5. Oops, a clarification – When I say that the typical response to poly by those just learning about it is to dismiss it because they'll be too jealousy, I'm referring to the portion of the population that consciously prefers monogamy, not those for whom finding out about polyamory is a big "ah ha!" moment.

  6. Intersting comments Irma, For a male perspective, I can say that you will lose either way you go, If you are Jealous, then you get accused of choking that person, and restricting their freedom and development, If you are not jealous then obviously you dont love them enough. Ho Hum at least the endless human parade of life goes on 🙂 and thereis no end of delicious people to …………..

  7. I like that you've started this discussion because it goes to the heart of what my boyfriend and I are dealing with now. He is jealous that I want to be polyamorous, yet at the same time he has another mistress, who has been his mistress for at least 10 years. (I've been his mistress for 5 years). Apparently, what's good for him is not good for me and I recognize this as his way of controlling me, but also it's his way of protecting himself from the negative consequences of sexual intercourse, ie, stds, which is the danger I wrote of in a previous comment. So my problem is that I not only have a controlling, jealous boyfriend, who I nonetheless love, but I also am unfree to share the same privileges that he enjoys. If I do follow my heart and my polyamorous side, I risk losing my longterm boyfriend who I am hopelessly attached to (and who I happen to be writing a novel about). For me, unfortunately, polyamory is a no- win situation.

  8. I agree with Anita that it's not evident 'they're probably already doing it', if only because of dominant societal values. Discovering you're polyamorous might be confusing, especially with feelings of guilt and shame imposed on those that don't want to 'live by the rules'. Often you might feel alone, not realising there are many others out there with the same state of mind (or heart perhaps). If you're in a monogamous relationship and you realise you want to open up this relationship, not for a short lived fling, but because you recognise your polyamorous nature, it becomes even more confusing, and difficult, because, obviously, you don't want to hurt your partner, while at the same time, you want to be true to yourself.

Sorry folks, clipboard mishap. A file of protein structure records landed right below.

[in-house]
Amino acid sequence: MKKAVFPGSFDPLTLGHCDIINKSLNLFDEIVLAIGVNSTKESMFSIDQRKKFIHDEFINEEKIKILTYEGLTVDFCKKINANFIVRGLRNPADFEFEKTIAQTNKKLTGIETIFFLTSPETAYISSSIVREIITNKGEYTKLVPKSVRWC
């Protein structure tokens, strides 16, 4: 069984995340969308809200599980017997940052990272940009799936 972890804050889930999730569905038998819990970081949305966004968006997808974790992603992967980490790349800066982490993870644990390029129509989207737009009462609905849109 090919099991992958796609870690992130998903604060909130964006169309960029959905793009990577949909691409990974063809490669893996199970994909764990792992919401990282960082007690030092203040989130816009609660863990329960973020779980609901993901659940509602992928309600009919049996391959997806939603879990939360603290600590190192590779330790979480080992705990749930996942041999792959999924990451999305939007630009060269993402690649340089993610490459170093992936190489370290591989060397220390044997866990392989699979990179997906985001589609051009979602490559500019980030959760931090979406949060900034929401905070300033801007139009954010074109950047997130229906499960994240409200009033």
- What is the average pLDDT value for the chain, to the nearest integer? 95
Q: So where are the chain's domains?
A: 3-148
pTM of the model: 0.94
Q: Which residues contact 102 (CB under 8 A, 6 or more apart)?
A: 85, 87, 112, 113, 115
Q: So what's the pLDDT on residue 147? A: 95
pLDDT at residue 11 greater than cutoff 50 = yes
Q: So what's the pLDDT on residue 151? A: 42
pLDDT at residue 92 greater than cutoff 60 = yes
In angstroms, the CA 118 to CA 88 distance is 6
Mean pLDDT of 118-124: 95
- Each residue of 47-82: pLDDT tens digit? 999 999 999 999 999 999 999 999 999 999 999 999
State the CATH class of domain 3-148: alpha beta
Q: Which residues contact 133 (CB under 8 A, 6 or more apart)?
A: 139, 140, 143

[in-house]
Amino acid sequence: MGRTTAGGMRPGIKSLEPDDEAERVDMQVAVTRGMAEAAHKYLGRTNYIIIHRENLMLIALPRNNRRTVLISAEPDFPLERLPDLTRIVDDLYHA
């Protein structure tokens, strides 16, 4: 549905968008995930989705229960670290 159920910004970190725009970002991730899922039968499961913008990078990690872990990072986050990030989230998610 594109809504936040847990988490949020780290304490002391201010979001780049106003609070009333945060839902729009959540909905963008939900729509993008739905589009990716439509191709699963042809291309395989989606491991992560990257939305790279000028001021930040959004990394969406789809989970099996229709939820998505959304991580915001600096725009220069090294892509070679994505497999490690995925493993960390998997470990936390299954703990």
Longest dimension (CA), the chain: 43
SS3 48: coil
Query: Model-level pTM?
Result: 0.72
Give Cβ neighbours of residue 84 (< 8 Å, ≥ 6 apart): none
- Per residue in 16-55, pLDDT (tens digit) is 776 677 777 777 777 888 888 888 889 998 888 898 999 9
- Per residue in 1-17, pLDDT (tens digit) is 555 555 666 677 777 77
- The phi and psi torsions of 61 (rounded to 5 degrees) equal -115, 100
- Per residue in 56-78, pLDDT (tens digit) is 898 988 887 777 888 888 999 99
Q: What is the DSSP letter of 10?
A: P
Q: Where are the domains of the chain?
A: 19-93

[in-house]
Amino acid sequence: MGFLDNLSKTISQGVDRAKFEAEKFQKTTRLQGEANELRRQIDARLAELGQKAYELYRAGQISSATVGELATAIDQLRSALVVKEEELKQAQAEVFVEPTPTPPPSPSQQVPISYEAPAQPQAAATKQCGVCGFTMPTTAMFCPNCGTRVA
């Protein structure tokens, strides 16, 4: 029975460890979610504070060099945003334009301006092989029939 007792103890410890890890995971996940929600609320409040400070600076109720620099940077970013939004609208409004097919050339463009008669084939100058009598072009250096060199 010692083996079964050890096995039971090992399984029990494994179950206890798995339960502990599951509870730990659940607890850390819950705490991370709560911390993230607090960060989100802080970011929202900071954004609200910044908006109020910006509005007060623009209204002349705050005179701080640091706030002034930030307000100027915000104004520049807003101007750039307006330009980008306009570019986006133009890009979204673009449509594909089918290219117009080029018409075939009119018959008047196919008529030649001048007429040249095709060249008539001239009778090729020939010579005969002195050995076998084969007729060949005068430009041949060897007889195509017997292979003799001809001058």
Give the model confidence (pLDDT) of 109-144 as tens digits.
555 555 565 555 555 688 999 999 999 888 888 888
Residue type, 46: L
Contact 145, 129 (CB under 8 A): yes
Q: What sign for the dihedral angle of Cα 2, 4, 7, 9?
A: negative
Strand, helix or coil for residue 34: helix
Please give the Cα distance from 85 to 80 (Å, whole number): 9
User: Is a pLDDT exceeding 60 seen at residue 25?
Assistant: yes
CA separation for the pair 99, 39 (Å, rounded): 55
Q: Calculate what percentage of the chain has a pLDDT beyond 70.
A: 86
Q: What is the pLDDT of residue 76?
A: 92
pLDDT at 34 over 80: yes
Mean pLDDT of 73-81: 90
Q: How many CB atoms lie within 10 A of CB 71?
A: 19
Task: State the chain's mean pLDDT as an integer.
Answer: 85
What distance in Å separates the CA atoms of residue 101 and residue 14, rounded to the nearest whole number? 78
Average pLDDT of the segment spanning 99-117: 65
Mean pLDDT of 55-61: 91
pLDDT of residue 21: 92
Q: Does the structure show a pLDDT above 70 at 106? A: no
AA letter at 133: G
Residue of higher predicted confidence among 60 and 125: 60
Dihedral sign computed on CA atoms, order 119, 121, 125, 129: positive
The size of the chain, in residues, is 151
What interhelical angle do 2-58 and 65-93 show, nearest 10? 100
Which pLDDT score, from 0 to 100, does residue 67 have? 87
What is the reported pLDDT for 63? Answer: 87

9. I'm sure I'm going to sound really harsh here, but it sounds to me that you're the one doing all the dealing, while he has an open ticket to do whatever his heart desires. I for instance wonder how he is protecting you from sexually transmitted diseases. After all, he's the one having sex with more than one person at the time, and perhaps his other mistress is not faithful to him. I don't know whether he forbids her to have other relationships besides the one he has with her as well. It doesn't sound fair how he's handling the situation, in fact, it sounds like he's not handling it at all. He expects things from you he isn't willing to do himself, and while it's not a matter of 'an eye for an eye, a tooth for a tooth', or automatically, if he has the right to sleep around, you should have the same right, it is something that needs to be agreed upon by both partners, not imposed on one partner by the other partner. It is possible for a monogamous person to have a relationship with a polyamorous person, if it's a situation both parties have agreed upon, and are feeling good about. However, it seems you are not at all happy about the situation. I understand it's a difficult situation, as you do love him, and love isn't rational. I can't give you sound advice on how to handle all this but it seems to me you've got some serious reflecting to do. Have you asked him why exactly the thought of you being polyamorous makes him feel jealous? Why he feels the need to try and impose a certain life style upon you? Whether he feels he is being fair to you? Whether he has taken into account your needs and emotions? How much are you willing to take? What does it take to make you feel loved and secure in this relationship? There are many questions that pop up in my mind, as I'm sure pop up in yours as well …